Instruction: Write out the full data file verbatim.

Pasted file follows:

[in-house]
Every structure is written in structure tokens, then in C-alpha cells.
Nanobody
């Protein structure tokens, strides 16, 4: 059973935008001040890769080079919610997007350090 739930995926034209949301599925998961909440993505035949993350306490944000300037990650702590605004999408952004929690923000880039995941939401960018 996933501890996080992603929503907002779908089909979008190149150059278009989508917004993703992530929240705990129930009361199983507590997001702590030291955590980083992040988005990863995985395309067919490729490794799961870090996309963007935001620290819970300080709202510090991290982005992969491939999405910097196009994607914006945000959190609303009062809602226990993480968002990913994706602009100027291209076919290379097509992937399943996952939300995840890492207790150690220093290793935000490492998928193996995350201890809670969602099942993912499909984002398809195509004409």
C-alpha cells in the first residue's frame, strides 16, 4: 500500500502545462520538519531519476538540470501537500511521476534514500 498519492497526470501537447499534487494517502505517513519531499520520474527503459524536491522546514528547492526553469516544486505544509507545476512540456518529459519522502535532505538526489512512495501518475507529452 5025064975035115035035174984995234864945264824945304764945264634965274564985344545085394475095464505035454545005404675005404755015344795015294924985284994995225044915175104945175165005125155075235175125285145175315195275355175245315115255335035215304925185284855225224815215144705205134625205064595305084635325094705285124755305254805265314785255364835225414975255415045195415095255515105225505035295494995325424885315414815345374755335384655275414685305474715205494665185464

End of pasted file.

[in-house]
Every structure is written in structure tokens, then in C-alpha cells.
Nanobody
């Protein structure tokens, strides 16, 4: 059973935008001040890769080079919610997007350090 739930995926034209949301599925998961909440993505035949993350306490944000300037990650702590605004999408952004929690923000880039995941939401960018 996933501890996080992603929503907002779908089909979008190149150059278009989508917004993703992530929240705990129930009361199983507590997001702590030291955590980083992040988005990863995985395309067919490729490794799961870090996309963007935001620290819970300080709202510090991290982005992969491939999405910097196009994607914006945000959190609303009062809602226990993480968002990913994706602009100027291209076919290379097509992937399943996952939300995840890492207790150690220093290793935000490492998928193996995350201890809670969602099942993912499909984002398809195509004409």
C-alpha cells in the first residue's frame, strides 16, 4: 500500500502545462520538519531519476538540470501537500511521476534514500 498519492497526470501537447499534487494517502505517513519531499520520474527503459524536491522546514528547492526553469516544486505544509507545476512540456518529459519522502535532505538526489512512495501518475507529452 5025064975035115035035174984995234864945264824945304764945264634965274564985344545085394475095464505035454545005404675005404755015344795015294924985284994995225044915175104945175165005125155075235175125285145175315195275355175245315115255335035215304925185284855225224815215144705205134625205064595305084635325094705285124755305254805265314785255364835225414975255415045195415095255515105225505035295494995325424885315414815345374755335384655275414685305474715205494665185464